Register to reply

P.S.I. in a pipe

by acschier
Tags: pipe
Share this thread:
acschier
#1
Jun1-10, 11:21 PM
P: 2
To keep it simple: I have a vertical 60 foot drop. I want to create the maximum P.S.I. at the bottom of the pipe possible to run a water wheel or a turbine. If the bottom hole (say 2") and the vertical drop of two pipes is the same will there be a difference in a 4" or a 2" pipe? Note: there would be a small dam at the top to fill the pipe to maximum capacity. Also, is there a formula to easily figure out P.S.I. using drop height, water area and weight including the limiting factor of the bottom hole? Thanks!
(I am only a Physics 12 grad so keep it simple)
Phys.Org News Partner Physics news on Phys.org
Physicists unlock nature of high-temperature superconductivity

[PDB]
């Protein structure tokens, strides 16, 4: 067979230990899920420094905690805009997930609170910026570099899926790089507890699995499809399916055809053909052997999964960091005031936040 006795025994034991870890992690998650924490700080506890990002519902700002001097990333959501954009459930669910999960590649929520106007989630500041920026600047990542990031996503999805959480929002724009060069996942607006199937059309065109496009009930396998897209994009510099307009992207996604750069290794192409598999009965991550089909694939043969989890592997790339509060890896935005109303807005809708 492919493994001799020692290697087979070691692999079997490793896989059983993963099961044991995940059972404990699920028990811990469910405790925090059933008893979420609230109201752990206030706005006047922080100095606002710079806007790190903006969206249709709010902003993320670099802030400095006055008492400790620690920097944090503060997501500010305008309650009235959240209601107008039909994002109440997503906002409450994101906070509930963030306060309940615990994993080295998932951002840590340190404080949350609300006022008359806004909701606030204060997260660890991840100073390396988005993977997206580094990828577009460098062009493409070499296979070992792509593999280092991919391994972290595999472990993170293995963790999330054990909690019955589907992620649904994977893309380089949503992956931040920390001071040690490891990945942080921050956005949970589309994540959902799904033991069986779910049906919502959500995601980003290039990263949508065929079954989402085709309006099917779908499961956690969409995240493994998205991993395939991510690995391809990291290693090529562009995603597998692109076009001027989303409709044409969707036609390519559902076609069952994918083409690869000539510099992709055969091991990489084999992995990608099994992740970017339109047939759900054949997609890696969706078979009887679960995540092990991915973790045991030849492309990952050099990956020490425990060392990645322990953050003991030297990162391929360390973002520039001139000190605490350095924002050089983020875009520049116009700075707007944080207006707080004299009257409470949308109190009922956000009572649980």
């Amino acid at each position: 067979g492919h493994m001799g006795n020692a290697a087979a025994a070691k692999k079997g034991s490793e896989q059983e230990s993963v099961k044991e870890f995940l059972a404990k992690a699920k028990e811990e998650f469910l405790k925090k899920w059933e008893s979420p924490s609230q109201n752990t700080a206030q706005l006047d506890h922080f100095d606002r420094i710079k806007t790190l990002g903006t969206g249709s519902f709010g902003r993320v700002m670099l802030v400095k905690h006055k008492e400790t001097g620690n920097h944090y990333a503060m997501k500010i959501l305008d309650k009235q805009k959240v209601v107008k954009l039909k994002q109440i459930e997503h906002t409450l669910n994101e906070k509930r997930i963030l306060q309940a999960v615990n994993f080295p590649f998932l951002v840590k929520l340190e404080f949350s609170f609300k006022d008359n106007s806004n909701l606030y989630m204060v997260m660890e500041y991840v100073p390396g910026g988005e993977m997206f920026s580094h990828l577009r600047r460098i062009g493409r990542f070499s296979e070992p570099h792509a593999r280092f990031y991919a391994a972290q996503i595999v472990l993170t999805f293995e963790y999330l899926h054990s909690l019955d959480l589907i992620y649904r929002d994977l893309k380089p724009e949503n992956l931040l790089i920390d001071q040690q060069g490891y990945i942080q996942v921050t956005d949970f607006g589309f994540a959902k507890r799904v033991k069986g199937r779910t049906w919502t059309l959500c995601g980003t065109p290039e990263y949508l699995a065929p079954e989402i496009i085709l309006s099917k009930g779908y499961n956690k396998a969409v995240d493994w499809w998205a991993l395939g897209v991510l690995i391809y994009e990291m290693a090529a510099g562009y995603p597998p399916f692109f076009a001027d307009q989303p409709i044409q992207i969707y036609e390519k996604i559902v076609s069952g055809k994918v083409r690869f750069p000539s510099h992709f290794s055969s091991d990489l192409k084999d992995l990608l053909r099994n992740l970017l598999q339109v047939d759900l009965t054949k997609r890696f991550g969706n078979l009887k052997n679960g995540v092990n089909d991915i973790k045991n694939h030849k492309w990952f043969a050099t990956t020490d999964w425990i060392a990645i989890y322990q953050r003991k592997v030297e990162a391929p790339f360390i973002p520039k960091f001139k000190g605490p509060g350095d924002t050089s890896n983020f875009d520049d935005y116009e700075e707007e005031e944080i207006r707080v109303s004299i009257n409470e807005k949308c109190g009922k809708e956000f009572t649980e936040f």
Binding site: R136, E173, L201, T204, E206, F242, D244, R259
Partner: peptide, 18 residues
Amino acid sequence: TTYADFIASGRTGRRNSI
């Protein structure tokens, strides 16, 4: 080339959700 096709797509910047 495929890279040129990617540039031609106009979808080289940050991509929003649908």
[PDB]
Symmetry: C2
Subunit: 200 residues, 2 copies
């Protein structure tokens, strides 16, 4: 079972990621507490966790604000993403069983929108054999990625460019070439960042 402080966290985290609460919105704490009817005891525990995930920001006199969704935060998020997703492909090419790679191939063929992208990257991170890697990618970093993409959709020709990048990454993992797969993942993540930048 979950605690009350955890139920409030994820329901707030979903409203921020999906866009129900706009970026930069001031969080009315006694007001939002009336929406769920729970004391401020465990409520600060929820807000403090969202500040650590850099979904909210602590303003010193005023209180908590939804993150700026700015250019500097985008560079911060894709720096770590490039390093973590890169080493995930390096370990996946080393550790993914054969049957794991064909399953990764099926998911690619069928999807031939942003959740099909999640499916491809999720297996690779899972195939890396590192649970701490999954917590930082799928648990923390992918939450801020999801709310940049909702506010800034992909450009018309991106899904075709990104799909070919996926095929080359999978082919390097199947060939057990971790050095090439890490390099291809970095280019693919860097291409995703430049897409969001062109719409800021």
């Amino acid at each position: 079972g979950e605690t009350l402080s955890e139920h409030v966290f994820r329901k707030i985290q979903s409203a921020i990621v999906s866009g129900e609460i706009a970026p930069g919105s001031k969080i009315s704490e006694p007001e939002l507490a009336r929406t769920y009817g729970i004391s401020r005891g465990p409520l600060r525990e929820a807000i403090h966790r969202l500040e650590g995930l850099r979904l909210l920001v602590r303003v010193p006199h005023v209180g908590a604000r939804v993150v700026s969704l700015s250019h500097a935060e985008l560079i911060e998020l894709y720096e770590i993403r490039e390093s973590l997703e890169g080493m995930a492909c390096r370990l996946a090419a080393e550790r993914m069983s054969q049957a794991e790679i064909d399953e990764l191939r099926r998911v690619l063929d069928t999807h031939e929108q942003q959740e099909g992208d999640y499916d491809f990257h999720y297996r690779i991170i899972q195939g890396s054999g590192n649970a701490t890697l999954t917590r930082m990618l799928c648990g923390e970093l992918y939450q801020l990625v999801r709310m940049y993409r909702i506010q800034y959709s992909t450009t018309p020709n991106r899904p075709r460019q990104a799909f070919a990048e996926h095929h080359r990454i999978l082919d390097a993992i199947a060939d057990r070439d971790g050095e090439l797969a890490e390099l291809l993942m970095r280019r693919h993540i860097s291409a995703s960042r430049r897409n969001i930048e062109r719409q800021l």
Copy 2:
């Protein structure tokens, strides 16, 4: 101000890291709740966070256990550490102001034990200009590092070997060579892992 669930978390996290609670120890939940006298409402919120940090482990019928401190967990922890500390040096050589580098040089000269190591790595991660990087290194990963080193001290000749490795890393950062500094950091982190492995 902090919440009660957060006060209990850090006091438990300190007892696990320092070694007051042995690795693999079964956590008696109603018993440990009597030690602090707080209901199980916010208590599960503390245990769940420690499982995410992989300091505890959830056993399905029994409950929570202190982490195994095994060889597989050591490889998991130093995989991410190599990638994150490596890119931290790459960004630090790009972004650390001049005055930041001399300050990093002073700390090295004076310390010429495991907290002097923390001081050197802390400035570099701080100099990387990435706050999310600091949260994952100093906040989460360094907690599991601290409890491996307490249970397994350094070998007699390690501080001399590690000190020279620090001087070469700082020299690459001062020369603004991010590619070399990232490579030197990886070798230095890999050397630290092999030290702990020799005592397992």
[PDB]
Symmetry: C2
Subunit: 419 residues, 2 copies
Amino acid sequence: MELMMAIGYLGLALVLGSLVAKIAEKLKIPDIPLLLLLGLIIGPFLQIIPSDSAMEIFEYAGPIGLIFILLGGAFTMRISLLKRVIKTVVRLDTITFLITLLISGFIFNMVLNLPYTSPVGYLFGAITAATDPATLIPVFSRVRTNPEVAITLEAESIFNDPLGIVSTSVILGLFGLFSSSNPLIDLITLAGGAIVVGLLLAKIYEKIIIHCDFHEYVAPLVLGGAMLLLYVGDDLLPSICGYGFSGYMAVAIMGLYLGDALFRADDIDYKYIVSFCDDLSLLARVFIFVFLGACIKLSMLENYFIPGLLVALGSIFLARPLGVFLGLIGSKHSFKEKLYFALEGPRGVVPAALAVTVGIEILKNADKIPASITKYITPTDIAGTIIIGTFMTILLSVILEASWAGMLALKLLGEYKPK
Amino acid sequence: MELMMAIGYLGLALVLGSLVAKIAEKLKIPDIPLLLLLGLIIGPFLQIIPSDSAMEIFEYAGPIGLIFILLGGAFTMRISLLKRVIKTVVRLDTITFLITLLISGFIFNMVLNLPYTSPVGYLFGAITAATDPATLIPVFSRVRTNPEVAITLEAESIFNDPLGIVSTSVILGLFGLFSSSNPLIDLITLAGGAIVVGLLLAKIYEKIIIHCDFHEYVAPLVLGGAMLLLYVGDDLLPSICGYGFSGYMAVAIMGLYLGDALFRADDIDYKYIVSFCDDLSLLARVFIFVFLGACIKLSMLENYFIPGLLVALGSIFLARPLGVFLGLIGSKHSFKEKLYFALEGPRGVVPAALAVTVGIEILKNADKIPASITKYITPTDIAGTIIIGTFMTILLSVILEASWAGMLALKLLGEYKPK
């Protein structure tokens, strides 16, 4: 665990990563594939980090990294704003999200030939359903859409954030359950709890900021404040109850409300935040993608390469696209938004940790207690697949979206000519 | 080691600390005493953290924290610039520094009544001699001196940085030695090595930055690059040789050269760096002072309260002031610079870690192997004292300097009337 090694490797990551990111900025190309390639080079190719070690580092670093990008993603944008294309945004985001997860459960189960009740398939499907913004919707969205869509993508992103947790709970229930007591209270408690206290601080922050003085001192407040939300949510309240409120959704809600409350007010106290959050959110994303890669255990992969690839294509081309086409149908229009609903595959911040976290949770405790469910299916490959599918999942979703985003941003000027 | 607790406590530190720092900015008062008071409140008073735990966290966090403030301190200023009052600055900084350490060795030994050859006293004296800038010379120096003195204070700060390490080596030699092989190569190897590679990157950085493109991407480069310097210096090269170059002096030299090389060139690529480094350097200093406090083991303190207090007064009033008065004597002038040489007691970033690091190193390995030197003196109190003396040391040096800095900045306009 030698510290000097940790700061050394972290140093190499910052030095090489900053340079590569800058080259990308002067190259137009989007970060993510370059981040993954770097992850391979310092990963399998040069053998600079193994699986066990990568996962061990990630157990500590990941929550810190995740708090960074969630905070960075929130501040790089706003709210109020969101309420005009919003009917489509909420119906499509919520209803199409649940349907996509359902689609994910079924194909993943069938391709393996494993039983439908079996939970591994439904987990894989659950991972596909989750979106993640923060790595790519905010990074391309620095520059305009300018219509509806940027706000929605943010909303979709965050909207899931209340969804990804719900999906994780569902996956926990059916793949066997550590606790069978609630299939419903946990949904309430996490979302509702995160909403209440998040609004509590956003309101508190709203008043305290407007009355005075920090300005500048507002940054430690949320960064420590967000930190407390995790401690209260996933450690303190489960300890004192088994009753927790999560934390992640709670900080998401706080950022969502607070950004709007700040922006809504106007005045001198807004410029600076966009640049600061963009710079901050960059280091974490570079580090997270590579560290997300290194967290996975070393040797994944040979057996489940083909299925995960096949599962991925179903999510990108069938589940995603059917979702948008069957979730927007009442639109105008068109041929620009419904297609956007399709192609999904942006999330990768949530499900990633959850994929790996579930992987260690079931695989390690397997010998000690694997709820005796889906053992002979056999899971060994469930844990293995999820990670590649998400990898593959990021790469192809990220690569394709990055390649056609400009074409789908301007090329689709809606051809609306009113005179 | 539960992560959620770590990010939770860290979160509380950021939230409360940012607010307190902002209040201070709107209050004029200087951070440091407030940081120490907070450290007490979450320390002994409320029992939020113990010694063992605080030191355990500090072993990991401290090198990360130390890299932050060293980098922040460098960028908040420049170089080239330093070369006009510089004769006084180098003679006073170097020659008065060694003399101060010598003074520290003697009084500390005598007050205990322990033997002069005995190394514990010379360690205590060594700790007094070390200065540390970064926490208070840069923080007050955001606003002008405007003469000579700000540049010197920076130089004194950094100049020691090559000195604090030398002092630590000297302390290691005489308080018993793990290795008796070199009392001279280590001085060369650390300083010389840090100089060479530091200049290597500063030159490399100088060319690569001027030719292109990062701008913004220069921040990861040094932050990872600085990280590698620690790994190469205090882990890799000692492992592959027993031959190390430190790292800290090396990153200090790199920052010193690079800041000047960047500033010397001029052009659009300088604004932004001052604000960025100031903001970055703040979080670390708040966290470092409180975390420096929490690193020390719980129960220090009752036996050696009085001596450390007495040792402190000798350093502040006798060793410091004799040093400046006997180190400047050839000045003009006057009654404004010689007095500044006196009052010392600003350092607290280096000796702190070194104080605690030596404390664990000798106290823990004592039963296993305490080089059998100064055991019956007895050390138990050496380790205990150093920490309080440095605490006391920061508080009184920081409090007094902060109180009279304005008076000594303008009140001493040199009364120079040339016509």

Serial time-encoded amplified microscopy for ultrafast imaging based on multi-wavelength laser
Measuring the smallest magnets: Physicists measured magnetic interactions between single electrons
russ_watters
#2
Jun2-10, 12:24 AM
Mentor
P: 22,239
Welcome to PF.

The larger the pipe, the lower the resistance to flow (and loss of energy) once the water starts moving, but otherwise, no: the pressure at the bottom of the pipe is dictated by the vertical drop alone. So you'll want to figure out how much flow rate you have available and make sure the pipe can handle it without too much loss (keep it below about 5 fps velocity), but otherwise pipe size doesn't matter much. The formula is p=.433h (h is height in feet, p is pressure in psi).
acschier
#3
Jun2-10, 01:21 AM
P: 2
Thank you very much, that's exactly what I needed!


Register to reply

Related Discussions
Corrosion of pipe Chemistry 1
Pipe Pressure Introductory Physics Homework 4
Stregth of pipe Engineering Systems & Design 4
Two cylindrical tanks, connecting pipe and outlet pipe - Differential Equation Calculus & Beyond Homework 5
Bending property solid metal pipe vs hollow metal pipe General Engineering 4